British Sailing ship
|Owner||Edghill & Lewis, Port of Spain, Trinidad|
|Homeport||Port of Spain|
|Date of attack||3 Jun 1942||Nationality: British|
|Fate||Sunk by U-156 (Werner Hartenstein)|
|Position||12° 25'N, 59° 30'W - Grid EE 7172|
|Complement||25 (3 dead and 22 survivors).|
|Route||Jamaica - Barbados (2 Jun) - Trinidad|
|Cargo||Passengers and general cargo, including rum|
|Notes on event|
At 08.40 hours on 3 June 1942 the unescorted and unarmed schooner Lillian (Master John Edghill) was spotted by U-156 about 40 miles south of Barbados and ordered to stop, but the vessel only slowed down and launched a lifeboat after a shot fired into the rigging. The Germans tried to question the occupants of the boat, asking the usual questions about name, nationality and cargo. However, due to their West Indian accent they were difficult to understand but Hartenstein learned from them that the master and three men were still aboard the Lillian. The U-boat went off after the schooner and opened fire with the anti-aircraft guns at 09.26 hours, when a further request to stop was ignored. The sailing vessel sank slowly after 52 rounds of 37mm and 270 rounds of 20mm were fired into the waterline at the bow. The master and two passengers were lost. The lifeboat made landfall on St. Vincent on 6 June.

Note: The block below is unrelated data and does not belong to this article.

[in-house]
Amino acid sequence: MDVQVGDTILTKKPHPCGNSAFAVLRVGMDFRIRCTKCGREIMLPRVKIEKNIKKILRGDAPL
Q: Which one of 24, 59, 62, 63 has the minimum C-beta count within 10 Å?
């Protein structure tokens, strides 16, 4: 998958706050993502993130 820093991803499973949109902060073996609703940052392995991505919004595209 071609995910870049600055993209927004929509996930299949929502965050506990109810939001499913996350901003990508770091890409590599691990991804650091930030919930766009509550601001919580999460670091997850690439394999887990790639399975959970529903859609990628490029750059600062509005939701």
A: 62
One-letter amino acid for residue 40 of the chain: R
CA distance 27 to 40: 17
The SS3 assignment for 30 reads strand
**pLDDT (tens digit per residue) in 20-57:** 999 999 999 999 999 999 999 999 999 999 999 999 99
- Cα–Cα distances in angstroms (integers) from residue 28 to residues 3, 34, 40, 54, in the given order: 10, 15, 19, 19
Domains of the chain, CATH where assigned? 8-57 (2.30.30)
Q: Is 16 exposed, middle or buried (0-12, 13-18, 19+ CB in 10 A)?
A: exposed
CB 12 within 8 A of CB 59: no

|On board||We have details of 1 people who were on board.|
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